DARPA's Pet-Proto can jump, climb, dodge obstacles; can't lord over humans yet
There's definitely something unsettling about the way the wire-riddled Pet-Proto robot—a predecessor to DARPA's Atlas robot—shakily clambers over hurdles, with its arms propped up against the walls to keep it balanced. You can almost see our doom glinting softly in his red lights.
If that's not enough to send a shiver down your spine, here's something that will. According to the description on DARPA's YouTube video, the PET-PROTO is capable of autonomous decision-making when it comes to things like how best to overcome environmental hazards. Eek.
What makes this all so frightening, though, is probably the fact that we can expect more of the same. Participants in the upcoming DARPA Robotics Challenge (DRC) will be expected to make robots capable of overcoming similar challenges. Though it's ostensibly a way to promote "innovation in robotic technology for disaster-response operations," the primary technical goal of the DRC is to "develop ground robots capable of executing complex tasks in dangerous, degraded, human-engineered environments."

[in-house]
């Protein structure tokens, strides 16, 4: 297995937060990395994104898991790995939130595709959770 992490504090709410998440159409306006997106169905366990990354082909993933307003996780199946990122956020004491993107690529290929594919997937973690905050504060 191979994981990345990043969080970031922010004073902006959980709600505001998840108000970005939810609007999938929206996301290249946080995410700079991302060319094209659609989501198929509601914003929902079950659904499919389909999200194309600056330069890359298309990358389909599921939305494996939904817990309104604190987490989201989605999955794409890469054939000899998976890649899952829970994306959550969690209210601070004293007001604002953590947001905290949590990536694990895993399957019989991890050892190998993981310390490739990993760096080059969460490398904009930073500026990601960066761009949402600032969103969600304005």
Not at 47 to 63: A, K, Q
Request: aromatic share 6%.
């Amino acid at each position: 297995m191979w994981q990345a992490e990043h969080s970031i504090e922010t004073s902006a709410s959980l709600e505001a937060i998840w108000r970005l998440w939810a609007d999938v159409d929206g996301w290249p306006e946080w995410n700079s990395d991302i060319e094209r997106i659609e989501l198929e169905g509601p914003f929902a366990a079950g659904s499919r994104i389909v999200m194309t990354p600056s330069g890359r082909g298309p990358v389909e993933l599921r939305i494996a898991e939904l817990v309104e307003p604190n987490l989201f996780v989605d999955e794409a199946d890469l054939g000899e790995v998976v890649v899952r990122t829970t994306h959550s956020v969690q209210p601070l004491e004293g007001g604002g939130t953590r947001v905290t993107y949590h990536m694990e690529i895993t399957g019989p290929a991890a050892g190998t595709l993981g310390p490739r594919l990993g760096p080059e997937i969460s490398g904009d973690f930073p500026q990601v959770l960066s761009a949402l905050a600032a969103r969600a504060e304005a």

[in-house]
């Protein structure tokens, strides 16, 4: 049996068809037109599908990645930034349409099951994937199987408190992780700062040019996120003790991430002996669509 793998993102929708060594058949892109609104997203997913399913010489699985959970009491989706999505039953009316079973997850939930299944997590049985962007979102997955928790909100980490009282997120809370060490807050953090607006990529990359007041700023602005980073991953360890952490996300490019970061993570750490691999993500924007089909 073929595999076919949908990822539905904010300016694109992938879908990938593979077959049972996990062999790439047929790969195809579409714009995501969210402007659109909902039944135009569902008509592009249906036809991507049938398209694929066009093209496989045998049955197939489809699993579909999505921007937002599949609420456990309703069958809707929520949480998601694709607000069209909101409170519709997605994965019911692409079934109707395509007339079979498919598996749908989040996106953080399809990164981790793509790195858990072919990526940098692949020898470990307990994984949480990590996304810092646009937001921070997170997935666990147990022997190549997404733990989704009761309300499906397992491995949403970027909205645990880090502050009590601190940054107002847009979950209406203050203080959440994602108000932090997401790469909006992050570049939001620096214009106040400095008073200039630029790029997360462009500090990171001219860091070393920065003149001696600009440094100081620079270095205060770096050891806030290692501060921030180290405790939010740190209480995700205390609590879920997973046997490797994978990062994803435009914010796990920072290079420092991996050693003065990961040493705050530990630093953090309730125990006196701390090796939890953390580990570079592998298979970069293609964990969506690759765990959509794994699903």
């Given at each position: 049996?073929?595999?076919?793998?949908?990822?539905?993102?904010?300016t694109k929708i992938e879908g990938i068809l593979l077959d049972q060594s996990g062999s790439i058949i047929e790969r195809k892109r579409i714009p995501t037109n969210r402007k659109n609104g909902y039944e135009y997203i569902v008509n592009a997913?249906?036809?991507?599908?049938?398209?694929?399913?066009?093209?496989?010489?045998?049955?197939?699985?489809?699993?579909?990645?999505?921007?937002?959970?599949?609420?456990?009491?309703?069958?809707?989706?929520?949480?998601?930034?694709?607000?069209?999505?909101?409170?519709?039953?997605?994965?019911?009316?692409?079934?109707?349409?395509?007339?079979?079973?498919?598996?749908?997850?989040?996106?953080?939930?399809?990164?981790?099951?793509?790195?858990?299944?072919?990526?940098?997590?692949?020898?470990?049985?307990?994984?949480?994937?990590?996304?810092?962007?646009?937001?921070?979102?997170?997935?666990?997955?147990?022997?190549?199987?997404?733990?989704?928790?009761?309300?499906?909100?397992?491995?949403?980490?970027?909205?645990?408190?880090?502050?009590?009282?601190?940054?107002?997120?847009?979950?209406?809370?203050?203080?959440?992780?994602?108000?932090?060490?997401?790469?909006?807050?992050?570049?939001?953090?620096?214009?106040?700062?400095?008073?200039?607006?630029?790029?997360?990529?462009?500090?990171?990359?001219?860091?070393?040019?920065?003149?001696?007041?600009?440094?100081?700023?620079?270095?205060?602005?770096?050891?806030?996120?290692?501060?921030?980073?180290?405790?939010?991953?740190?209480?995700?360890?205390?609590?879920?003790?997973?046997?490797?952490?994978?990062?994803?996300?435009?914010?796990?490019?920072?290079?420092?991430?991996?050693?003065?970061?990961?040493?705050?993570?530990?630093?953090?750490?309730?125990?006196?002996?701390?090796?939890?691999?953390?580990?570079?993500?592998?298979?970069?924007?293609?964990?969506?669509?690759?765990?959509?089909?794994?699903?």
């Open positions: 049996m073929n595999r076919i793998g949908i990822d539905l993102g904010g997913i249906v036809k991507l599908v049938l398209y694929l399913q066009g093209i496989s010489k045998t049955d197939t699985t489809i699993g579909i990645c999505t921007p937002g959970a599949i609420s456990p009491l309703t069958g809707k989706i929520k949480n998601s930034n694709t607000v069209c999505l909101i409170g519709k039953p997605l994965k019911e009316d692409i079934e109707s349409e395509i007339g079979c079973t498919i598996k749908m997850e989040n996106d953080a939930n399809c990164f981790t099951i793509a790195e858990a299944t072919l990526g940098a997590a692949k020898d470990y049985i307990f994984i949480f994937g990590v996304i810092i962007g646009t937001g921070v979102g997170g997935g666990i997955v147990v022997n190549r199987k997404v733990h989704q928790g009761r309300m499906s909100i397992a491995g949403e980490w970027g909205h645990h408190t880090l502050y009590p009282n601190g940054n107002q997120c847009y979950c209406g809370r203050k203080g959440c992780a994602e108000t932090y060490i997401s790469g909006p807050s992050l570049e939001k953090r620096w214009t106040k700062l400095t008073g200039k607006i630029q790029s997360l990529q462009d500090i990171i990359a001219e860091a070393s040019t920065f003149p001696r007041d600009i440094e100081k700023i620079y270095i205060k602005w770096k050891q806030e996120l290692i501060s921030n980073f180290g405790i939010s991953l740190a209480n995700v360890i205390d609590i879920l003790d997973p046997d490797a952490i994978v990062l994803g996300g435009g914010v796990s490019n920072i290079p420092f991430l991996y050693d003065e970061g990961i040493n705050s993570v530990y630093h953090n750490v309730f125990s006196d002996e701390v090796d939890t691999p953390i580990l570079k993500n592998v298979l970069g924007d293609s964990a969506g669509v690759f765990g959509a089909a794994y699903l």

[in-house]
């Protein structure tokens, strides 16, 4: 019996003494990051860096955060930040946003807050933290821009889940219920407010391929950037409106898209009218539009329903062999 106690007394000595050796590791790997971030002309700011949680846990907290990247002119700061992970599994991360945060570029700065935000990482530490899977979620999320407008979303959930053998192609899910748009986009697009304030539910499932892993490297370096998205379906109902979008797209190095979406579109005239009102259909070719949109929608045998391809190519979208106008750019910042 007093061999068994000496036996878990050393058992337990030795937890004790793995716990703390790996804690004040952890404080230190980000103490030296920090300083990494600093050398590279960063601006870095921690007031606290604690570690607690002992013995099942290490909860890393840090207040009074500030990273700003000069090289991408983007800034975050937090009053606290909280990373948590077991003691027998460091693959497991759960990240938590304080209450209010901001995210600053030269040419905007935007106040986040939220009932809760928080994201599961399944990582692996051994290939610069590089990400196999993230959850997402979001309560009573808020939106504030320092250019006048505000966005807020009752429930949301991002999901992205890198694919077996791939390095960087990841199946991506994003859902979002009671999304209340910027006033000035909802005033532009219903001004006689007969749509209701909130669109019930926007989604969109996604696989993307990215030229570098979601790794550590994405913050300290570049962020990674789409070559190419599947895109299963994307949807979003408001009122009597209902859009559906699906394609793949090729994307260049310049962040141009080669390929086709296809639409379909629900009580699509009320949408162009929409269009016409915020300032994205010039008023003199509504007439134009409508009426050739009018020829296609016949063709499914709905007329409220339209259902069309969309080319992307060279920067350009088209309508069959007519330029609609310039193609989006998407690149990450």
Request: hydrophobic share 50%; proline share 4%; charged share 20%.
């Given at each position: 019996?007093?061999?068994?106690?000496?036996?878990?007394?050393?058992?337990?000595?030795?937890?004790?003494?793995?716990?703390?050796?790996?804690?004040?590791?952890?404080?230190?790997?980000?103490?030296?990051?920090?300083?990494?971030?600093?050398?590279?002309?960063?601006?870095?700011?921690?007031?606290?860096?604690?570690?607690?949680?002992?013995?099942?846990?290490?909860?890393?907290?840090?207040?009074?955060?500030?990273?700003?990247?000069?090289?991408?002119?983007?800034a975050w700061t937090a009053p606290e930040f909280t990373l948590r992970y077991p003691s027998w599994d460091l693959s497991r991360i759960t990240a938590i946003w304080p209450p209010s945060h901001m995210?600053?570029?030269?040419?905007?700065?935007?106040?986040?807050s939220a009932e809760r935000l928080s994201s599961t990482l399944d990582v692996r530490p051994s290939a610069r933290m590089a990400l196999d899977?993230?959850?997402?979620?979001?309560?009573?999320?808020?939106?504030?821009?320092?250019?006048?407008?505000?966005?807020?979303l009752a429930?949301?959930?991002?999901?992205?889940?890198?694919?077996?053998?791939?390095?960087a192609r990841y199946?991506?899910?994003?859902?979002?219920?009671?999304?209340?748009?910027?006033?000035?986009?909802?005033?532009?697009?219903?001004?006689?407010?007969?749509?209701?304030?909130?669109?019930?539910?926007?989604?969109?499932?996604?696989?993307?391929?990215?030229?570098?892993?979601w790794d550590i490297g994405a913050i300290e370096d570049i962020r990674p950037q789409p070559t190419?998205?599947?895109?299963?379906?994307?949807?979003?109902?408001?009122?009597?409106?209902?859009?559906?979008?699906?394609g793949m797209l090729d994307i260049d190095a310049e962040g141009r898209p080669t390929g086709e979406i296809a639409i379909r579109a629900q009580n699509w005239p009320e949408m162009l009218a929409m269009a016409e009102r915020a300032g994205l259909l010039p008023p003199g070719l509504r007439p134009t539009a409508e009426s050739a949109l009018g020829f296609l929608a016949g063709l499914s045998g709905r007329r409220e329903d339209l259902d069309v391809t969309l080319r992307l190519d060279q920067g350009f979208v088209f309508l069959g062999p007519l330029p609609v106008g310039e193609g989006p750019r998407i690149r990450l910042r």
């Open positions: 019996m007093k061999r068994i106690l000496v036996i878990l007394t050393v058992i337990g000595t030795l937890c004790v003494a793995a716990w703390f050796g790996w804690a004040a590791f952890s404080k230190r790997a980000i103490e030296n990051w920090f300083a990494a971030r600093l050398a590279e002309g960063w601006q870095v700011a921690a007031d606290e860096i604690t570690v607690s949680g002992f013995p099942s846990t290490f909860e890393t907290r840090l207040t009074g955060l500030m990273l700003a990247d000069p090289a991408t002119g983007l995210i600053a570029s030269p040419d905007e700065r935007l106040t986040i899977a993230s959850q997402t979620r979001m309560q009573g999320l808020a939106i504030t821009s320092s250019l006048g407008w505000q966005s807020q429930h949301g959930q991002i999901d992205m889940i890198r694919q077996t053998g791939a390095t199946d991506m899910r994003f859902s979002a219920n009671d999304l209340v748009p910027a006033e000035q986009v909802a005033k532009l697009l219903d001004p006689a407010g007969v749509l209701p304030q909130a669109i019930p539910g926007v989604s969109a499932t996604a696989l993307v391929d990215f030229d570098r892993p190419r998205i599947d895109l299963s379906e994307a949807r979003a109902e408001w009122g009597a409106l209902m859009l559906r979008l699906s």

It gets even better (or scarier, depending on how you want to look at it), naturally. According to DARPA, competitors in the DRC are expected to make robots capable of handling "standard tools and equipment commonly available in human environments." In other words, we're looking at the possibility of legions of robots that can utilize vehicles and wave chainsaws at you.
Sadly, if you were hoping to see our robot overseers sometime soon, you're fresh out of luck. We probably won't be seeing the finished results before the last part of next year.